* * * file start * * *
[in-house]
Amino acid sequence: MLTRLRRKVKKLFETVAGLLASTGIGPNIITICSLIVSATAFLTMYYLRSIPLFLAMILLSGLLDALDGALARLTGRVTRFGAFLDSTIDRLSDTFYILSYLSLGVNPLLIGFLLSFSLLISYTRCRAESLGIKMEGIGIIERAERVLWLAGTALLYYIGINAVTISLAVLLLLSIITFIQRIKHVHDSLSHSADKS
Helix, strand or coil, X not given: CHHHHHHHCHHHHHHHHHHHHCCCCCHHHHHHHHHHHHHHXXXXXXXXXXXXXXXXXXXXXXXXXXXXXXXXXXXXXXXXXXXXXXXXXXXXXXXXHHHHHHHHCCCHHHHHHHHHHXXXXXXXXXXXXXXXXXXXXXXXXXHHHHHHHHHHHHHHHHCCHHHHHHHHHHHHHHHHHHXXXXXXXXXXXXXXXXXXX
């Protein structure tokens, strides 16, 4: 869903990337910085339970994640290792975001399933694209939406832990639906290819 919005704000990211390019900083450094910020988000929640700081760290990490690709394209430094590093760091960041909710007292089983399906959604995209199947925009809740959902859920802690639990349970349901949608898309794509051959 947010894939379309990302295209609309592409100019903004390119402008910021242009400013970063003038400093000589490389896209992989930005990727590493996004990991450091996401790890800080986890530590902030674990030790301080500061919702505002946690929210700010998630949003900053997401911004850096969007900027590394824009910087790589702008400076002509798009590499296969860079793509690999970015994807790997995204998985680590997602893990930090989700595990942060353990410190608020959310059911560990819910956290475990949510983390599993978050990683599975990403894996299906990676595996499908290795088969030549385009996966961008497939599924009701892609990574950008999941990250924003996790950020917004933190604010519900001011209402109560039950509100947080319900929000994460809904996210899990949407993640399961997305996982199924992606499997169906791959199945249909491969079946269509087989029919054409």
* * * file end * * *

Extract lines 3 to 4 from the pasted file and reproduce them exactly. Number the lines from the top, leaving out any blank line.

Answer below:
Helix, strand or coil, X not given: CHHHHHHHCHHHHHHHHHHHHCCCCCHHHHHHHHHHHHHHXXXXXXXXXXXXXXXXXXXXXXXXXXXXXXXXXXXXXXXXXXXXXXXXXXXXXXXXHHHHHHHHCCCHHHHHHHHHHXXXXXXXXXXXXXXXXXXXXXXXXXHHHHHHHHHHHHHHHHCCHHHHHHHHHHHHHHHHHHXXXXXXXXXXXXXXXXXXX
């Protein structure tokens, strides 16, 4: 869903990337910085339970994640290792975001399933694209939406832990639906290819 919005704000990211390019900083450094910020988000929640700081760290990490690709394209430094590093760091960041909710007292089983399906959604995209199947925009809740959902859920802690639990349970349901949608898309794509051959 947010894939379309990302295209609309592409100019903004390119402008910021242009400013970063003038400093000589490389896209992989930005990727590493996004990991450091996401790890800080986890530590902030674990030790301080500061919702505002946690929210700010998630949003900053997401911004850096969007900027590394824009910087790589702008400076002509798009590499296969860079793509690999970015994807790997995204998985680590997602893990930090989700595990942060353990410190608020959310059911560990819910956290475990949510983390599993978050990683599975990403894996299906990676595996499908290795088969030549385009996966961008497939599924009701892609990574950008999941990250924003996790950020917004933190604010519900001011209402109560039950509100947080319900929000994460809904996210899990949407993640399961997305996982199924992606499997169906791959199945249909491969079946269509087989029919054409």